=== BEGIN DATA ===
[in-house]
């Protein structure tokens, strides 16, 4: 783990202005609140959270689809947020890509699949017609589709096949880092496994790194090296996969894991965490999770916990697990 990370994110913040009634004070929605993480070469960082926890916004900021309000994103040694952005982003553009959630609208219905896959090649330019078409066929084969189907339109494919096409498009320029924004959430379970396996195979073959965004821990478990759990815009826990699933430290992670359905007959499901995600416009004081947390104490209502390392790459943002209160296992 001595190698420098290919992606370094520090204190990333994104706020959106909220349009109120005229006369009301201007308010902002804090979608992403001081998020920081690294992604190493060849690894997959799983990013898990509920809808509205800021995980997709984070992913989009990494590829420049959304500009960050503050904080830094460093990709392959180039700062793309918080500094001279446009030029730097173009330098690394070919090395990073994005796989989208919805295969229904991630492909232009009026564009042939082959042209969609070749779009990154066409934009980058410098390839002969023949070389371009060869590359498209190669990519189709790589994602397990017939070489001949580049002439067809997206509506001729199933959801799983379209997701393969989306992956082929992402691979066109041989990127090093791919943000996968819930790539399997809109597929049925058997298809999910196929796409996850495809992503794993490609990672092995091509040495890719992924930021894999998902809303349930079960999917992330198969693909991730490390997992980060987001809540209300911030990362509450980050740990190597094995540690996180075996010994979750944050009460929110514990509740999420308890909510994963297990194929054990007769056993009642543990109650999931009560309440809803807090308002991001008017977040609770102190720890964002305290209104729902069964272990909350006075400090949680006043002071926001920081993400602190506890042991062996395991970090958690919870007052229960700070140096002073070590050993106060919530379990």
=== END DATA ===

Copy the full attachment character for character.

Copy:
[in-house]
């Protein structure tokens, strides 16, 4: 783990202005609140959270689809947020890509699949017609589709096949880092496994790194090296996969894991965490999770916990697990 990370994110913040009634004070929605993480070469960082926890916004900021309000994103040694952005982003553009959630609208219905896959090649330019078409066929084969189907339109494919096409498009320029924004959430379970396996195979073959965004821990478990759990815009826990699933430290992670359905007959499901995600416009004081947390104490209502390392790459943002209160296992 001595190698420098290919992606370094520090204190990333994104706020959106909220349009109120005229006369009301201007308010902002804090979608992403001081998020920081690294992604190493060849690894997959799983990013898990509920809808509205800021995980997709984070992913989009990494590829420049959304500009960050503050904080830094460093990709392959180039700062793309918080500094001279446009030029730097173009330098690394070919090395990073994005796989989208919805295969229904991630492909232009009026564009042939082959042209969609070749779009990154066409934009980058410098390839002969023949070389371009060869590359498209190669990519189709790589994602397990017939070489001949580049002439067809997206509506001729199933959801799983379209997701393969989306992956082929992402691979066109041989990127090093791919943000996968819930790539399997809109597929049925058997298809999910196929796409996850495809992503794993490609990672092995091509040495890719992924930021894999998902809303349930079960999917992330198969693909991730490390997992980060987001809540209300911030990362509450980050740990190597094995540690996180075996010994979750944050009460929110514990509740999420308890909510994963297990194929054990007769056993009642543990109650999931009560309440809803807090308002991001008017977040609770102190720890964002305290209104729902069964272990909350006075400090949680006043002071926001920081993400602190506890042991062996395991970090958690919870007052229960700070140096002073070590050993106060919530379990």